Last updated 6-17-04
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The Air We Breathe: Particulates in inside air

Lab 2 involves trapping air particulates with a portable air pump. This is Melissa. She is using the air pump to pass room air through a cotton swab, which can trap particles in the air. She pointed out that there's an ashtray on the table. I wondered if I would be able to see evidence of cigarette smoke trapped by the cotton.


In her cotton swab were dark bluish particles that probably came from cigarette smoke.

Below is another dark bluish particle found in her sample. Under high magnification, there seems to a clear liquid-like component of this particle.

Also in the same cotton swab, something that looked liquid-like was present. In one "drop" there was a black particle, probably carbon (soot). At some point, I will try to analyze what this shiny substance is. I have to apologize that my experience in the field of microscopy is limited. I did work at the Phoenix Crime Lab for a number of years and did a lot of microscope work. But it was mostly looking at paint chips, human hair, marijuana leaves, and drug crystals. To identify a broad range of items, it takes a great deal of experience. People who specialize in this are called microscopists.

Another student, Alyssa, sent a sample that had a similar bluish particle. This particle had a skull shape, and there's even one eye staring at you. It may also be from cigarette smoke, but I didn't find the liquid-like drops in this sample like I did in Melissa's sample.

Alyssa's sample also had this flake. I suspect that it a flake of dead skin. I don't know if it is human or animal skin. I believe the granular look of this flake is from the individual skin cells.

Another student, Brock, provided a sample that had this particle in it. It looks organic (from something living), but unsure what it could be.

The three large clumps seem to be similar to the single clump above. However, the top two clumps contained a small black particle and a reddish particle. The black particle could be a smoke particle (soot). The red one seemed to be inorganic, like a piece of clay.


Tonya sent in a air-filter sample that only had these small particles clinging to the fibers of cotton. They could be small dust particles.
Lisa sent in a sample that only had these two particles. The small pineapple shaped one at the bottom had the liquid-like appearance that was in Melissa's sample. But this one was much smaller. The small round particle in the inset looked like it could be pollen.

Another student, Claudia, sent in a sample that had this orange, drop-shape particle. No idea what that could be. I'm going to try to get a microscopist to take a look at these pictures to see if identification is possible.

Claudia's sample also contained these strange particles. The bottom one looks like a bent arm with the fingers giving a devil's horns sign. At first it seemed like a fluke, but elsewhere in the sample was another dark particle that also seemed to have these horns.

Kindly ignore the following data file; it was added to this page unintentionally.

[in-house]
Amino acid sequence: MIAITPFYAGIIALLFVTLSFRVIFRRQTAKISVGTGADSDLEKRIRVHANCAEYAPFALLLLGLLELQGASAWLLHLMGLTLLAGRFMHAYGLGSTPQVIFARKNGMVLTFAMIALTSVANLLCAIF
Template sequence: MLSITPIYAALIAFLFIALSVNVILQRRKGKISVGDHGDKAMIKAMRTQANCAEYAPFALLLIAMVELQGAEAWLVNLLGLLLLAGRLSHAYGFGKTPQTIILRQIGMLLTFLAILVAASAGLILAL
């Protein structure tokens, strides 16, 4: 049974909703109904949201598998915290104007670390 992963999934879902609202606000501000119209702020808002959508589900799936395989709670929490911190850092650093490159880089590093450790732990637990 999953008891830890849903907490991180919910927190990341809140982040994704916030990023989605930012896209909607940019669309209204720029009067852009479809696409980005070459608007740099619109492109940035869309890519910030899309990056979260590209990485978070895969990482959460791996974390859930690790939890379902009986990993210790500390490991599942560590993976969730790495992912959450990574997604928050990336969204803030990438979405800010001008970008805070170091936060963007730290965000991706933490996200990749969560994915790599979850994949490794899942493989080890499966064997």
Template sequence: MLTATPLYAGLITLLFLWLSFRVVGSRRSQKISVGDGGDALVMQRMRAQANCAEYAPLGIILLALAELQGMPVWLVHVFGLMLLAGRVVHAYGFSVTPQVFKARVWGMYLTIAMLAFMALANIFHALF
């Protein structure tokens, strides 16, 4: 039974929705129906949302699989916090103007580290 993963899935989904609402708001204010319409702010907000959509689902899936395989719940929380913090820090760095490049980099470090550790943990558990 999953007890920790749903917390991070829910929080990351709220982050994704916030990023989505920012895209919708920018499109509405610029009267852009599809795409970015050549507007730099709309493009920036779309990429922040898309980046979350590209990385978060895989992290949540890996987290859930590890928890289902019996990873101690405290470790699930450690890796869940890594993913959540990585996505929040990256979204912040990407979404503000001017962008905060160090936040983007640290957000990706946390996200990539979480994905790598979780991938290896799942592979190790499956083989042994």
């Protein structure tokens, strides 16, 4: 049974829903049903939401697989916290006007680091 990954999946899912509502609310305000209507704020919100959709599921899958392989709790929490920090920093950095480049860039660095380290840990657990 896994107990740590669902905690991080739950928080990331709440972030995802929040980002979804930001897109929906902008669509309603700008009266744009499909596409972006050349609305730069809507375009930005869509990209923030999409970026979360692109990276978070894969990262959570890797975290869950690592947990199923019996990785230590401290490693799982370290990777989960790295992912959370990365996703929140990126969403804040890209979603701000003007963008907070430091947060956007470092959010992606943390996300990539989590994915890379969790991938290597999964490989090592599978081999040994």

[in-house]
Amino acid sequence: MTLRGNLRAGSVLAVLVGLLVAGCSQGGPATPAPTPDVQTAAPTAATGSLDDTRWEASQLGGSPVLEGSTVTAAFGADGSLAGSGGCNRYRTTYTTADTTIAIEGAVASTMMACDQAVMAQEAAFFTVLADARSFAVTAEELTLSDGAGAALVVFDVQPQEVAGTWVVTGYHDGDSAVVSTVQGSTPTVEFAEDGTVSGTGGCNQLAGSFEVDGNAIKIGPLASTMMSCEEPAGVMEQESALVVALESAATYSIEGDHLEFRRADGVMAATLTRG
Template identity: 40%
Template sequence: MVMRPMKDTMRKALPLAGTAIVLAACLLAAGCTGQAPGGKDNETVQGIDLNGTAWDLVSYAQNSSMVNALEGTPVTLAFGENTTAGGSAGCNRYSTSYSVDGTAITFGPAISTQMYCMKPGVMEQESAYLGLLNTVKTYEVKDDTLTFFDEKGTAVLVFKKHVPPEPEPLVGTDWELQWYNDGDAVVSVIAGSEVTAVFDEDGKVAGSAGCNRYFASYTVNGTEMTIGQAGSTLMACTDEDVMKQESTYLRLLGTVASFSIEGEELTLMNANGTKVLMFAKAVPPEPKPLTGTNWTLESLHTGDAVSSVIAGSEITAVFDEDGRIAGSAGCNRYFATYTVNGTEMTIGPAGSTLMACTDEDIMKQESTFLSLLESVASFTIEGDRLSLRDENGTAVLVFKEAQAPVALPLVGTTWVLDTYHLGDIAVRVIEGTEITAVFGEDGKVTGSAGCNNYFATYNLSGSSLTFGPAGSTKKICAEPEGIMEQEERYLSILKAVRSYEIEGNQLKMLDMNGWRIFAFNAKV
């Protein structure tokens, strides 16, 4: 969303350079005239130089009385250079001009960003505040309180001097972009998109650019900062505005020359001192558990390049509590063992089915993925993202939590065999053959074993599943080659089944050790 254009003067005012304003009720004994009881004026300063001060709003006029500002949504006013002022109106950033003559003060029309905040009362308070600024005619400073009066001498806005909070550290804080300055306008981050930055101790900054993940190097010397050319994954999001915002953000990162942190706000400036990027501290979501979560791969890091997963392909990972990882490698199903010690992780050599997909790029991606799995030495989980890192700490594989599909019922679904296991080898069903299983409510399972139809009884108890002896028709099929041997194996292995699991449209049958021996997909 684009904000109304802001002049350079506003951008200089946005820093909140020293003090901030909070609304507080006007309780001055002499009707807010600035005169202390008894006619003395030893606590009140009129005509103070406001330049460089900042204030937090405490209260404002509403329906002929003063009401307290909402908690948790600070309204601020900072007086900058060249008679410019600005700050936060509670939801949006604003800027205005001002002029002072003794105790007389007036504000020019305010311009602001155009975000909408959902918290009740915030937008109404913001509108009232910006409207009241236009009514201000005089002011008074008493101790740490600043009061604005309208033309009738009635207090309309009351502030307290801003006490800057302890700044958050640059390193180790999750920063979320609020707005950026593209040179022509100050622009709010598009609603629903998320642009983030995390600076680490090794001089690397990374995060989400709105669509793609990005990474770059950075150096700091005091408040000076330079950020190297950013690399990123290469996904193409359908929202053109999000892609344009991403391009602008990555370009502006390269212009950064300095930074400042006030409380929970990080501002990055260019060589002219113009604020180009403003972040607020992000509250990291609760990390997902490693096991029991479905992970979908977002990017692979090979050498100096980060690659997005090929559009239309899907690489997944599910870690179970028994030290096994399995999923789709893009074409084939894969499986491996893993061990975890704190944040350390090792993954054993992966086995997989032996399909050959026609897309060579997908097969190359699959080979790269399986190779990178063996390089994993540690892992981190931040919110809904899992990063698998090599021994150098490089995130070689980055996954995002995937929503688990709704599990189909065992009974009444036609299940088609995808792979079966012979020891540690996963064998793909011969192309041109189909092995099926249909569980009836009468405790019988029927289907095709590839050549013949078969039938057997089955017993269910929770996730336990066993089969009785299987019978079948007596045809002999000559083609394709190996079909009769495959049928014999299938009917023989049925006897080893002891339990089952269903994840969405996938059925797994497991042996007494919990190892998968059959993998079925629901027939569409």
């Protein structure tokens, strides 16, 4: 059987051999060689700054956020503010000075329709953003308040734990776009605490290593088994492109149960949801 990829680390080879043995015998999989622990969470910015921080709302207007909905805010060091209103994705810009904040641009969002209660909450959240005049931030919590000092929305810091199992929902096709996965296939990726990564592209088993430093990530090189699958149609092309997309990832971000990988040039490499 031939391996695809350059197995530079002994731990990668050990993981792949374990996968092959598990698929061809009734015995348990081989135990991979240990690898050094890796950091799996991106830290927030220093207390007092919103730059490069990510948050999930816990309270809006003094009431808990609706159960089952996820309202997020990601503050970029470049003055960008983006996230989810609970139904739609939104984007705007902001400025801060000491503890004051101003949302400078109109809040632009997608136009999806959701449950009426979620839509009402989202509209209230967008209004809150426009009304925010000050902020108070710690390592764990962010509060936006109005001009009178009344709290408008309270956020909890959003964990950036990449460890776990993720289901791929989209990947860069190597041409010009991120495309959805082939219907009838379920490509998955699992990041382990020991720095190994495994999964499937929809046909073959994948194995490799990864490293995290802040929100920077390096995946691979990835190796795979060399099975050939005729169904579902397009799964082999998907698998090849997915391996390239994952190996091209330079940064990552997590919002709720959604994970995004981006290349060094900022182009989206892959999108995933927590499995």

This is the set up I used to take pictures. A Sony model F717, five megapixel digital camera is attached to a Carl Zeis trinocular microscope. I used the 10x and 40x objective lens (lens over the sample) with 10x ocular lenses (lens by eye) to give 100x and 400x magnifications. A wired remote control was used to trip the shutter .

The camera did a fairly good job, but it didn't pick up all the subtle details or colors that were visible looking through the lens.

I tried to keep an area that was clear of contamination (called a sterile field in the medical community). I first removed the plastic ziploc bag containing the cotton swab from the envelop that the students sent. Using tweezers, I pulled fibers off of the air sample side of the swab and placed them on a new slide and new slide cover. The other side of the cotton swab was used as a control. It wasn't connected to the air pump tubing.

In summary, I thought I would find more particles in the cotton swabs. The pumps were run for 20 minutes, which may not have been long enough. Plus, it may not have been during a time when activities in the house could be stirring up particles or creating pollution. In the case with Heath sampling shown here, I couldn't find any particles; but Heath had recently installed an expensive home air filtering system to help his 8 year old son, Hunter, reduce his exposure to allergens. By the way, this is Hunter's room and the awards are Hunter's football trophies.

So for Heath and Hunter, knowing how well the filtering system was working was very important. From what the microscope could see, it does a good job in removing particulates.

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Since June 17, 2004